I, however, do have to head out.  Appointments, in one town and then another, take up most of the day.  There is no time to paint.  Later in the afternoon I visit my Mum and sit by her bed as she sleeps.  She opens her eyes just once in the whole time that I am there.  I know that she doesn’t recognise me, but I smile and say “hello”, softly.  Her mouth moves into the beginnings of a smile, and then she falls asleep again.  She looks very peaceful.

A cold rain is still falling as I feed a friend’s sheep.  I go home and light the fire in order to warm up.  Looking out across the fields I can see the edge of the cloud layer and the setting sun visible at last.

All text & images ©2018 Carol Saunderson

Thursday, 8 February 2018

Abstract Landscape Painter.  Rural Dweller.  Lover of Modernist Art and Design.

8 February

Frost.  A coating covers everything outdoors.  The field on the other side of the valley is lightened in tone and turned to a warm, rose-tinted ochre, by the rising sun.  The trees in line with the cottage cast long, mauve-brown, saw-tooth shadows across its surface.

I am pleased to see that some of the fieldfares have found their way into the meadow.  They are most welcome!  I take photos as quickly as I can - of one on the floor and another sitting on a fence post.  When they are facing me I can see how similar they are to their cousins, the song thrush and the mistle thrush.  

The wide puddles on the muddy airfield tracks are covered in ice.  There are curved and swirling lines in its underside, and air bubbles trapped in its surface.

A flock of birds takes off on the far side of a large field.  They travel together as a mass of dark specks.  Their combined form, an ovoid shape, trapped between the horizon and three, white, linear clouds.

The cold studio soon begins to warm and Millie curls up beneath her blanket on the armchair.  Just before lunch, whilst cleaning my mixing knife, I inadvertently slice the tip of my little finger.  The mini trowel has rounded edges, but its blade is so thin that it makes a quick, deep cut.  Being a fingertip, it bleeds persistently, so I wrap a cloth around it, binding it tightly, and grip the cloth.  I am keen to finish applying the paint with which I am currently working.  There are areas of the painting that I want to continue working on while the ideas are flowing and the colours are mixed. I hate being disturbed when I am part way through a process.  It can be difficult to pick up exactly where you left off.  Next time I come to the painting I will be different; a bit like waking briefly from a dream - when I fall asleep again, it will be a different dream.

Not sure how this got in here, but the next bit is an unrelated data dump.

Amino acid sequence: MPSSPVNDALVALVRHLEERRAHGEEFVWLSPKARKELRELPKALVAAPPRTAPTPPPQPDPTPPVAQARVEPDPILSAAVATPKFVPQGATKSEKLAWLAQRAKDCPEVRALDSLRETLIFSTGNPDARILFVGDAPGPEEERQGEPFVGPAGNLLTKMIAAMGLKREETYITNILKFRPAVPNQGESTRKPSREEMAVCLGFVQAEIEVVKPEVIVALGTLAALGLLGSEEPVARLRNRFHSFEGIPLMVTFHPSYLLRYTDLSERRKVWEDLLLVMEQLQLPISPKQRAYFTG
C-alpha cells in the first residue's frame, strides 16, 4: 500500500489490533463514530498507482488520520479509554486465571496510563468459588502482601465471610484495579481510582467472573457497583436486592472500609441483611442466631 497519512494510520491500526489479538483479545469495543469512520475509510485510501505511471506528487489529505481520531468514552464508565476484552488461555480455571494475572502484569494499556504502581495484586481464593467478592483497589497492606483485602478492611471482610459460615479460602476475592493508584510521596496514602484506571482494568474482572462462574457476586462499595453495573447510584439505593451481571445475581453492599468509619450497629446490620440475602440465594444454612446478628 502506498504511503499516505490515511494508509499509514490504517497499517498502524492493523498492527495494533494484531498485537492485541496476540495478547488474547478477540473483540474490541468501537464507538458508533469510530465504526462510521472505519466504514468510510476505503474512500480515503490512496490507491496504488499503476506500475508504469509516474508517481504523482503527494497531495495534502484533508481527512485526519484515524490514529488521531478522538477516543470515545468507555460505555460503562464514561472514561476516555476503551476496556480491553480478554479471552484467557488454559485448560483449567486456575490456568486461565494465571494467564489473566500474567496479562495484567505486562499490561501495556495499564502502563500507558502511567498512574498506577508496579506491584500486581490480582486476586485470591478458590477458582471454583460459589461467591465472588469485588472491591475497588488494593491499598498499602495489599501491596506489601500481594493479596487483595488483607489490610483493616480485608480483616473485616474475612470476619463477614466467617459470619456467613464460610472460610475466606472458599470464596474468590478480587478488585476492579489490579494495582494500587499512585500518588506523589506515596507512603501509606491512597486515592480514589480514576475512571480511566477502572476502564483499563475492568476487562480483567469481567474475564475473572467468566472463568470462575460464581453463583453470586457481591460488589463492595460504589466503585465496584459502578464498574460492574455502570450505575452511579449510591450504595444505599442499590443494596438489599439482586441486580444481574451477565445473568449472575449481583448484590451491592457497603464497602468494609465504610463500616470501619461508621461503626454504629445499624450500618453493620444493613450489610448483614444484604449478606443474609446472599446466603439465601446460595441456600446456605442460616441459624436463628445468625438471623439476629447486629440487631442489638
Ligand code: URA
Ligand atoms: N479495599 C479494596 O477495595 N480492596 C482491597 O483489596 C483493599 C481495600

All text & images ©2018 Carol Saunderson

Wednesday, 7 February 2018

Abstract Landscape Painter.  Rural Dweller.  Lover of Modernist Art and Design.

7 February

At 6am this morning, the kitchen lights are reflecting off a thin covering of snow that lies beyond the glass doors.  The occasional flake flutters slowly down.  It continues intermittently throughout the early morning but, by the time I walk Millie, it has created no more than an icing-sugar dusting of the ploughed work.

The fieldfares are busy scouring their usual piece of land.  They are the mid-tone between the black crows and white gulls that work alongside them.

During the afternoon, in the field adjacent to the village hall, two male pheasants are squaring up to do battle.  They are not easily scared away by us, and seem almost to resent the intrusion - grudgingly moving off as we pass nearby.

I complete a small painting - another more abstract and experimental piece than of late.  I enjoy the saturated blocks of colour for their own sake.

All text & images ©2018 Carol Saunderson

Monday, 5 February 2018

Abstract Landscape Painter.  Rural Dweller.  Lover of Modernist Art and Design.

5 February

Millie runs in from the garden, her coat peppered with snowflakes.  A couple of small showers pass over us before noon.

On the airfield, we see a hare.  It pauses, then runs ahead of us across the green baize of a young crop.  We watch as it travels along the field margin, until it disappears through the hedgerow.  The puddles are thick with ice and my fingertips are beginning to numb inside my gloves.  I need a new pair.

I resort to wearing a woolly hat in the studio - very fetching - and use the time to experiment.  Two large parcels of work lie ready for the courier to collect tomorrow.  Although there is more commission and exhibition work to commence, it is an opportune moment to allow myself the luxury of a few days of working without constraints.  Development sometimes comes through these times of “play”.  If one can shake off the rules of “ought”and “should” and let the subconscious roam free, then new themes / marks / colour combinations, etc., can arise and be carried forward into paintings created for display.

All text & images ©2018 Carol Saunderson

Friday, 2 February 2018

Abstract Landscape Painter.  Rural Dweller.  Lover of Modernist Art and Design.

2 February

It’s a raw day.  The wind from the northwest chills the skin.  I begin working on a commission, and make some progress despite low energy levels resulting from the continuing Shingles.

At 4pm, we walk towards the church.  The setting sun lends a golden tinge to the landscape.  A large flock of fieldfares is feeding on the organic farmland which borders the lane.  They take off and fly over our heads, with their “chat-chat-chat” call.  We stand and watch them as they disappear into the distance.  There must be around 100.  The largest number that I have seen thus far.

All text & images ©2018 Carol Saunderson

Thursday, 1 February 2018

Abstract Landscape Painter.  Rural Dweller.  Lover of Modernist Art and Design.

1 February

The supermoon sets in a pale sky, a ghost of its former self, dissolving into the morning light. I take the camera outside into the garden to catch its last few seconds above the wood. The “blood” effect may not have been visible here, but the increased size and brightness make it magnificent.

The day changes and becomes wet and cold.  I work methodically through the preparation of boxes, and pack paintings to be sent to an exhibition.

All text & images ©2018 Carol Saunderson